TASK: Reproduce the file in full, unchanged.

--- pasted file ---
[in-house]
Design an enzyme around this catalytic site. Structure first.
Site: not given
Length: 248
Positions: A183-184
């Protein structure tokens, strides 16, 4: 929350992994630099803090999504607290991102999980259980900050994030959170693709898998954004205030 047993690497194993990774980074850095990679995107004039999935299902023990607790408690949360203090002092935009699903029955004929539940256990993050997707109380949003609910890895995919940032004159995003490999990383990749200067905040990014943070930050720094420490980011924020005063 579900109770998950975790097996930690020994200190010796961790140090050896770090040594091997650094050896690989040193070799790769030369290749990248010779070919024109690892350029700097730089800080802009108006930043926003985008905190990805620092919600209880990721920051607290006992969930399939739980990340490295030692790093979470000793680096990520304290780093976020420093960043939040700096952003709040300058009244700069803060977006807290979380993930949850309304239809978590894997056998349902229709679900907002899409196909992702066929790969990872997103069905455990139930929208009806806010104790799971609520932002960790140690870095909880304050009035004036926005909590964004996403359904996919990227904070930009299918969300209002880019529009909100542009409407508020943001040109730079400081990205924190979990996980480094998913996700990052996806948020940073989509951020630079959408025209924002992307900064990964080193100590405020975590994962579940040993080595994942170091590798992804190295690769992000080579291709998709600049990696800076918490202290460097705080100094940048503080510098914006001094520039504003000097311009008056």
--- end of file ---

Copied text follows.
[in-house]
Design an enzyme around this catalytic site. Structure first.
Site: not given
Length: 248
Positions: A183-184
């Protein structure tokens, strides 16, 4: 929350992994630099803090999504607290991102999980259980900050994030959170693709898998954004205030 047993690497194993990774980074850095990679995107004039999935299902023990607790408690949360203090002092935009699903029955004929539940256990993050997707109380949003609910890895995919940032004159995003490999990383990749200067905040990014943070930050720094420490980011924020005063 579900109770998950975790097996930690020994200190010796961790140090050896770090040594091997650094050896690989040193070799790769030369290749990248010779070919024109690892350029700097730089800080802009108006930043926003985008905190990805620092919600209880990721920051607290006992969930399939739980990340490295030692790093979470000793680096990520304290780093976020420093960043939040700096952003709040300058009244700069803060977006807290979380993930949850309304239809978590894997056998349902229709679900907002899409196909992702066929790969990872997103069905455990139930929208009806806010104790799971609520932002960790140690870095909880304050009035004036926005909590964004996403359904996919990227904070930009299918969300209002880019529009909100542009409407508020943001040109730079400081990205924190979990996980480094998913996700990052996806948020940073989509951020630079959408025209924002992307900064990964080193100590405020975590994962579940040993080595994942170091590798992804190295690769992000080579291709998709600049990696800076918490202290460097705080100094940048503080510098914006001094520039504003000097311009008056």